Sunshine and a view of ferries sailing back and forth across Puget Sound came through the picture windows of the South County Senior Center in Edmonds last Saturday, March 21st, as a crowd of Louis Braille School supporters attended the 2009 Benefit Auction.
Auctioneer Bobby Mills and Master of Ceremonies Tom Snyder, both of whom belong to the Edmonds Lions Club, served with humor and energy on a day when the auction raised a bit more money this year than it did in 2008.
Carolyn Meyer, Director of the Louis Braille School, gave the Louis Braille School Distingushed Service Award to District 19B Lions.
The award, initiated in 2007, is presented to those who have made a significant difference for people who are blind or visually impaired.
Supporters were serenaded by the SeaSharps, a barbershop quartet out of Seattle, and ate homemade, hand-cranked ice cream provided by Mark Hanberg, a milkman from Edmonds who calls himself the Moo Man.
Puppies in training to be Guide Dogs for the Blind made an appearance at the event and were petted and admired by the crowd.
Prior to enjoying dessert, attendees had pizza from Pagliacci’s (the Louis Braille School’s next door neighbor) and gourmet sodas from the Dry Soda Company in Seattle.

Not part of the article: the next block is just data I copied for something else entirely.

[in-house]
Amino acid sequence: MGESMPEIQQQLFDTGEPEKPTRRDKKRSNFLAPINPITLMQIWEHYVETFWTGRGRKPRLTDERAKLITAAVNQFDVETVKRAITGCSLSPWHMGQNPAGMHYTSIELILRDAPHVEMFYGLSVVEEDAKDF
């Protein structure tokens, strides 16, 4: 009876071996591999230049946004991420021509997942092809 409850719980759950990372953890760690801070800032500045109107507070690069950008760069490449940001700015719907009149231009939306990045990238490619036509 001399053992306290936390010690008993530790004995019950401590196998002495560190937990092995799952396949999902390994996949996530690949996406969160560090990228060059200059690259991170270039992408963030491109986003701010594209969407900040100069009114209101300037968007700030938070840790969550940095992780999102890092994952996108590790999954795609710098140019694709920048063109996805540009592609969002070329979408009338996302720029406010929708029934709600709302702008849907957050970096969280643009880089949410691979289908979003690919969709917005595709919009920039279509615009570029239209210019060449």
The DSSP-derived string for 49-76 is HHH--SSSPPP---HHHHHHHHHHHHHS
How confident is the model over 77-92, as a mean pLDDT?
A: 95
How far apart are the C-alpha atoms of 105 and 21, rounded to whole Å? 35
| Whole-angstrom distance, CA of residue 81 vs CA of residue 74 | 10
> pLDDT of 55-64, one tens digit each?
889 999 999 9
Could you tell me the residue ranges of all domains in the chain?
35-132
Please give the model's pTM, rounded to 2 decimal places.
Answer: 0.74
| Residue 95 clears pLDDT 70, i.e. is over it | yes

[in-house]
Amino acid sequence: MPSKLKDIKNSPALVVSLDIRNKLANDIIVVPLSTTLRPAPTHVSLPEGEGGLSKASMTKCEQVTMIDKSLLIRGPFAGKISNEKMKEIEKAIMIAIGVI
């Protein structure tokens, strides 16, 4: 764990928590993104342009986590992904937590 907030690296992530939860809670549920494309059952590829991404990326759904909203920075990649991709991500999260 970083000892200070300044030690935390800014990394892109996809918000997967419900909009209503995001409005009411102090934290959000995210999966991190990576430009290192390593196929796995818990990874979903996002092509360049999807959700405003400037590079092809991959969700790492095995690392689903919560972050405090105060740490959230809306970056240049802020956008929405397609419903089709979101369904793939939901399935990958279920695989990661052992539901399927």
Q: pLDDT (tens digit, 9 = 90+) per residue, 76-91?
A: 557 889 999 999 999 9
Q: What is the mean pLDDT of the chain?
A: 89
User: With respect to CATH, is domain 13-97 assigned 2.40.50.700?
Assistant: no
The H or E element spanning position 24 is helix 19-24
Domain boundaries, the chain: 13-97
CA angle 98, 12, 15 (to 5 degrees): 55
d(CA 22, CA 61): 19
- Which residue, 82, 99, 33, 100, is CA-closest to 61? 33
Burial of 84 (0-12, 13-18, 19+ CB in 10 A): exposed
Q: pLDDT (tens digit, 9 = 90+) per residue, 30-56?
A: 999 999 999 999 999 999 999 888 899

The most notable culinary contributions may have come from Cindy Van Winkle and her daughter, Amanda Wearstler.
Cindy baked a pineapple upside down cake that was truly mouth watering and spurred some lively bidding, while Amanda made a cake ingeniously decorated with braille fashioned from chocolate that rested atop a snow-white icing.
Two Louis Braille School students spoke at the event and each was joined by a parent.
Jennifer Wheeler, mother of student Brett Wheeler, spoke movingly about Brett’s early challenges in life and the more recent decision her family made to move from eastern Washington to Edmonds, so that Brett could attend the Louis Braille School.
Both Jennifer and Brett are glad they made the move.
Before the Wheelers took the stage, student Jordan Frank and his father, Steve, spoke to the audience of supporters.
Steve asked his son what he liked best about the Louis Braille School and Jordan loudly said, “Learning!”
With that answer, Jordan made us smile and think at the same time. If ever a single word could have summed up the reason the auction takes place, makes all the hard work worthwhile, and imparts a sense of purpose to the school’s supporters, what could serve better than “Learning”?
We want to thank the following volunteers, without whose help the auction could not have taken place: the Delta Gamma Beta University of Washington Beta Chapter, Essie Fletcher, Glen Hair, Nancy Hamilton, Grace Lackey, Julie LeMay, Virginia Low, Kathryn McMaster, the Meadowdale High School Leos, Claudia Mills, Georgia Snyder, and CathyYocom.
A special thanks goes out to the Imagine Children’s Museum of Everett. Under the direction of its Creative Arts and Volunteer Manager, Raniere, children at the Museum created large and colorful table doilies out of squares of recycled brailled paper that they covered with finger paints and attached to each other with knotted lengths of scarlet yarn.
The doilies coordinated well with the checkered tablecloths and bud vases filled with daisies assembled by Julie LeMay, as the photo, below, shows.